The recent Cambridge Analytica scandal brought the issue of data privacy to the world’s attention, and many people didn’t like what they saw. In that case, personal information was easily obtained by third-party app developers, sparking concerns about the conduct of giant digital companies such as Facebook.
Data privacy is of paramount importance in the online age, but it feels like there is only so much we can do to guarantee our personal information stays private without regulatory intervention.
A landmark new law for users in European Union countries may demonstrate the need for worldwide change. Europe’s new General Data Protection Regulation marks a crucial shift in the balance of power. Major companies will be held to strict account on their data privacy practices, or lack thereof.
We take a closer look at the GDPR and explain why stricter data privacy regulations will change the face of digital marketing.
What Is the General Data Protection Regulation?
The GDPR is a decisive data privacy initiative that will protect Internet users in European Union countries when enacted on May 25. It replaces a privacy model that has been in place for over 20 years, offering a more relevant response to current online practices.
All users who have had their data collected will be able to demand a ‘data subject request’. This means that companies are obliged to provide (for free), every piece of information they have gathered on a specific user when that user makes an inquiry. The GDPR also gives users the ‘right to be forgotten’, which enforces the deletion of all personal data upon withdrawal of consent.
Personal data is defined under the GDPR as anything identifiable, including name, email, IP address, images, social networking posts, bank details, medical information and sexual orientation, among other data. In addition to this, businesses will only be able to gather personal data if there is a provable business application to them doing so. At the moment, murky data privacy laws mean that businesses take more than they need just in case it will be handy down the track.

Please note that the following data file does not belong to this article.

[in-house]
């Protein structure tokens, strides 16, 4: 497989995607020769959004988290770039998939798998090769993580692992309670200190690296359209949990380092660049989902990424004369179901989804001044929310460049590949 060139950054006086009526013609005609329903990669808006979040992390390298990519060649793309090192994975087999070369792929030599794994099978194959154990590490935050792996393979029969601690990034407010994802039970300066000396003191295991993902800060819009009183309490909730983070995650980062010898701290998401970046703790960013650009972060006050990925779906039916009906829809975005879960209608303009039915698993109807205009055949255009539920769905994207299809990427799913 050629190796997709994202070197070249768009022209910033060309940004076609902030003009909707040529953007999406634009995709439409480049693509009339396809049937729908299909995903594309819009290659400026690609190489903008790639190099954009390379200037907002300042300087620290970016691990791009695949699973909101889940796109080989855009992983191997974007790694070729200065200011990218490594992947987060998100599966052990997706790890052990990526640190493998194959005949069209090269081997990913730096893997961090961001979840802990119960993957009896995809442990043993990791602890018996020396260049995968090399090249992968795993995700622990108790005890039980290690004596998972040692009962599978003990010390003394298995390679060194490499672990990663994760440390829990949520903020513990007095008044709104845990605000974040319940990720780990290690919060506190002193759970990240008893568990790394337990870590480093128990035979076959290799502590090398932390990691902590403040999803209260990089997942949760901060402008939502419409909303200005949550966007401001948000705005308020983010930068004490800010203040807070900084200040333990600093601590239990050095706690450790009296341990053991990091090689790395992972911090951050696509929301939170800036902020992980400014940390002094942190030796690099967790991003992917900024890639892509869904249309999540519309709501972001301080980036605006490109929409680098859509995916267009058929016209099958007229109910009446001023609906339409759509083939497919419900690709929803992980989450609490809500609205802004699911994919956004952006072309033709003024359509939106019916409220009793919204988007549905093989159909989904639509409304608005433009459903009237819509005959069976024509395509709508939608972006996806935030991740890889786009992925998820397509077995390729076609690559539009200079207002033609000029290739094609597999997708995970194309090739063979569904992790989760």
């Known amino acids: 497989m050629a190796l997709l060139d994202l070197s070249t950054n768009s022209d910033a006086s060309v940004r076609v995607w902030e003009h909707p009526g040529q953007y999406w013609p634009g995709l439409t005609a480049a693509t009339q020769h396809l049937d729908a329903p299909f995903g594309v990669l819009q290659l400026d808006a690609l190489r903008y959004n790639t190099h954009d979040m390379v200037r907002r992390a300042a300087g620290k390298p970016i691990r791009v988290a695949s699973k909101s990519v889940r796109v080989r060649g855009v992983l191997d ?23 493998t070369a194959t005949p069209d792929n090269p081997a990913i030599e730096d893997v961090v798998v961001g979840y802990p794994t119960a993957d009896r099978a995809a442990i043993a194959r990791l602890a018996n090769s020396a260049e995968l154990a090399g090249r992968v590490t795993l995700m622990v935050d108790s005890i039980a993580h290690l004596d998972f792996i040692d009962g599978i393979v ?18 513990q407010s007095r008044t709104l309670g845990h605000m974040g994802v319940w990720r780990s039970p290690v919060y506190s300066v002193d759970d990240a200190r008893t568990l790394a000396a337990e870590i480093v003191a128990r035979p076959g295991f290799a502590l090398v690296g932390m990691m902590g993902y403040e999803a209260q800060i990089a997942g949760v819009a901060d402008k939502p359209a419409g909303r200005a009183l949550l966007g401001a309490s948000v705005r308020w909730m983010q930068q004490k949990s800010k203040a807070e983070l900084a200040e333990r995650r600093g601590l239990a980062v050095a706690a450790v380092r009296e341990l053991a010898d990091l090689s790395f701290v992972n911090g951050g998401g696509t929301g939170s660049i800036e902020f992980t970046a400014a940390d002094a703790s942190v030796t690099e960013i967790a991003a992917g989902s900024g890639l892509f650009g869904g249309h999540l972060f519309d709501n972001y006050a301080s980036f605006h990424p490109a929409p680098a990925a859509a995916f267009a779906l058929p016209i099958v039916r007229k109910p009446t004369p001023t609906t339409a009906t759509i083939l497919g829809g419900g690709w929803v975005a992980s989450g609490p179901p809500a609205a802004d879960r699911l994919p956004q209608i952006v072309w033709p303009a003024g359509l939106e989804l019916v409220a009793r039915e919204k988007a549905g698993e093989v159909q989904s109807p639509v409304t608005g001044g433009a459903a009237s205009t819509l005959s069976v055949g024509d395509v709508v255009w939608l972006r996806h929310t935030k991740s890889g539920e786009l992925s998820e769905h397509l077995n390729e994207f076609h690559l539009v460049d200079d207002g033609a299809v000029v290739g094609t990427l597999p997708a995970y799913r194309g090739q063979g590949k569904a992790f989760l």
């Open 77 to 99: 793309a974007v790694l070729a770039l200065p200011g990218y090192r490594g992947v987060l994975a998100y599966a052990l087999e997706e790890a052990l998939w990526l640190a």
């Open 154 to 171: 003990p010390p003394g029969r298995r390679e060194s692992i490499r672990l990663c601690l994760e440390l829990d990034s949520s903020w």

The changes don’t stop there – if a user’s data is compromised, businesses must inform that user within 72 hours. Overly technical terms and conditions are also in the crosshairs under the GDPR – users must be able to easily withhold consent if they see fit.
Who Stands to Benefit from Stricter Regulations?
The general public. The GDPR represents a huge correction in the way data privacy is legislated, and the effects are going to take hold very quickly. Users can’t really do much more than hope for the best on issues of data protection, but the GDPR will allow people in the European Union to proactively take control of their personal data online.
Companies found to be in contravention of the GDPR can be fined up to 4 per cent of their annual global revenue, depending on the country they are based in. This decisive stance demonstrates that major corporations will not be able to push the regulations to one side and carry on without serious consequence.
What Changes Can We Expect in Digital Marketing?
Other regions of the world are under no obligation to instate legislation such as the GDPR, but we can expect to see a groundswell of Internet users demanding similar change.
Companies like Google, Amazon and Facebook are all known for their strong focus on data gathering. In their ongoing attempts to save face after Cambridge Analytica broke, Facebook have vowed they will follow the GDPR ‘in spirit’, but it remains to be seen whether they will stick to their word. These changes will cause significant disruption to their business models and marketing efforts – and online users wishing to keep their details private are the clear beneficiary.
All digital marketing companies, big or small, will have to think very carefully about their behaviour data practices. Ad targeting based on behavioural data is common at present, but how will marketers change tack when such practices are no longer permitted?
Contextual advertising may be the answer. Ad placement based on real-time viewing habits rather than a contextual user profile may come into vogue. While this kind of digital marketing is all well and good for multinational corporations, companies with smaller budgets may have to think outside the box for actively targeting their chosen demographics.
Forward-Thinking Strategies from Studio Culture
Digital marketing practices move forward at a rapid pace, and our team works hard to formulate strategies that deliver in a changing landscape. Businesses who sell to European countries may need to alter their practices in line with the GDPR, which Studio Culture can help with.